What Is Up With How Down The AL Central Is?
It was determined early on that the American League was a have and have-nots conference, but the American League Central division is pushing that statement to the extremes. It’s hard to see a Wild Card contender in the bunch and a case can be made that the entire division should fold up, take the summer off and spare us the ugliness.
It is looking early on that the division has at least two 100 loss teams and if not for the unbalanced schedule, a mid-summer swoon could plummet two of the other four - Minnesota Twins and Detroit Tigers - into the vicinity of losing triple-digits as well. How the Twins and Tigers have been able to keep their heads above water, in spite of how bad they have looked at times, is the only thing saving this division from having at least three if not four 100-loss teams.
Inside The Numbers
The Cleveland Indians lead the American League Central with a 38-33 record, five games above .500 and a .535 winning percentage. The rest of the division all have losing records. The Twins are third at a respectably underwhelming 31-37 while the the Detroit Tigers are second in the division standings with a losing record of 36-37. Then there are the 24 and 47 Chicago White Sox and the 22 and 50 Kansas City Royals. That’s actually the good news.
The Detroit Tigers rank 17th in runs scored, 18th in OPS, 28th in home runs, 21st in team ERA, and 16th in team WHIP. They are 8-1 against their division rival Chicago White Sox while they are a combined 7-9 versus the Royals and Twins.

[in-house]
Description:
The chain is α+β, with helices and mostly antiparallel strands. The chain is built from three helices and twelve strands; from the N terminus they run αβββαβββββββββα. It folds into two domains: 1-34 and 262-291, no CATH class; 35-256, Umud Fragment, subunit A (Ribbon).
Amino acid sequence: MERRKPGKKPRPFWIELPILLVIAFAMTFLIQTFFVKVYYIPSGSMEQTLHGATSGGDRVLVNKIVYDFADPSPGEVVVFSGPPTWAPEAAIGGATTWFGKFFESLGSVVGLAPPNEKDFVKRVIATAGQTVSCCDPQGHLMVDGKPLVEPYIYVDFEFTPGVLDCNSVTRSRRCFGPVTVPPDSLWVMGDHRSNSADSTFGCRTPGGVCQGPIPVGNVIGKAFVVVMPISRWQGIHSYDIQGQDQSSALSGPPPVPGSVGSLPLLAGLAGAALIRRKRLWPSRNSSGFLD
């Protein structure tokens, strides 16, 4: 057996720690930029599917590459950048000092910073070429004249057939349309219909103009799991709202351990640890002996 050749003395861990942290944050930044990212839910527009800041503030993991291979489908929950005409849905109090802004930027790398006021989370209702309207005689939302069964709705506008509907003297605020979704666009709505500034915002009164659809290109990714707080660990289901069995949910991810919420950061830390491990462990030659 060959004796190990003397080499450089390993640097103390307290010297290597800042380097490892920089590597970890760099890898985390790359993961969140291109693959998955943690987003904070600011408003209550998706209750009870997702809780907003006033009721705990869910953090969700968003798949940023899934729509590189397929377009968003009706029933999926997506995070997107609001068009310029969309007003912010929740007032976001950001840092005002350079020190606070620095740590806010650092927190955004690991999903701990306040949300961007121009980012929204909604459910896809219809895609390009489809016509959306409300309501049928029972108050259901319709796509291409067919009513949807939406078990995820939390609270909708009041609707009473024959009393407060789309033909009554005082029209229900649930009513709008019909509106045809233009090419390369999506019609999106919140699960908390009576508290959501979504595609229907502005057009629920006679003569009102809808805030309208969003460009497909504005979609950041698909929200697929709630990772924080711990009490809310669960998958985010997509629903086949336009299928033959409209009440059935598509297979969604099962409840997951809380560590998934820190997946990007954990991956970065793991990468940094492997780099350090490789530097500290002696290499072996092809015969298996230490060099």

It’s hard to understand how a team who ranks that poorly in so many important categories can continue to linger around .500. It’s also surprising to see how mediocre they have been against the Twins and Royals. Combine the Tigers somewhat puzzling start and poor overall production in key statistical categories with the Royals, White Sox and the Twins, who all rank 23rd or lower in runs scored, 21st or lower in home runs, 19th or worse in team ERA and 18th or worse in team WHIP and you have 4/5ths of a division that can’t hit for power or score runs and who don’t prevent runs.
To make matters worse, Miguel Cabrera is out for the season and a sell off is expected to be coming. The Tigers are a team that has outperformed early and who is in position to regress the rest of the way and it isn’t like they were doing all that well to begin with.
A Summer To Look Forward To?
The Chicago White Sox are loaded with young talent at the major league level or on the way, and especially for readers of this site, that makes them intriguing. The Twins have some intriguing young talent as well, even though their two big guns, Miguel Sano and Byron Buxton, have been disasters.
But the Royals and Tigers lack any semblance of what could be called a blue-chip prospect and they don’t have a lot of major league potential either. The Royals, Tigers and to a lesser degree the Twins are all going to be sellers at the deadline and neither are expected to be able to land a difference maker type talent in return. Brian Dozier of the Twins and Mike Moustakas of the Royals are short-term rentals and Nicholas Castellanos, while he has shown to be a hitting machine in recent years, lacks the impact power to demand an elite prospect in return.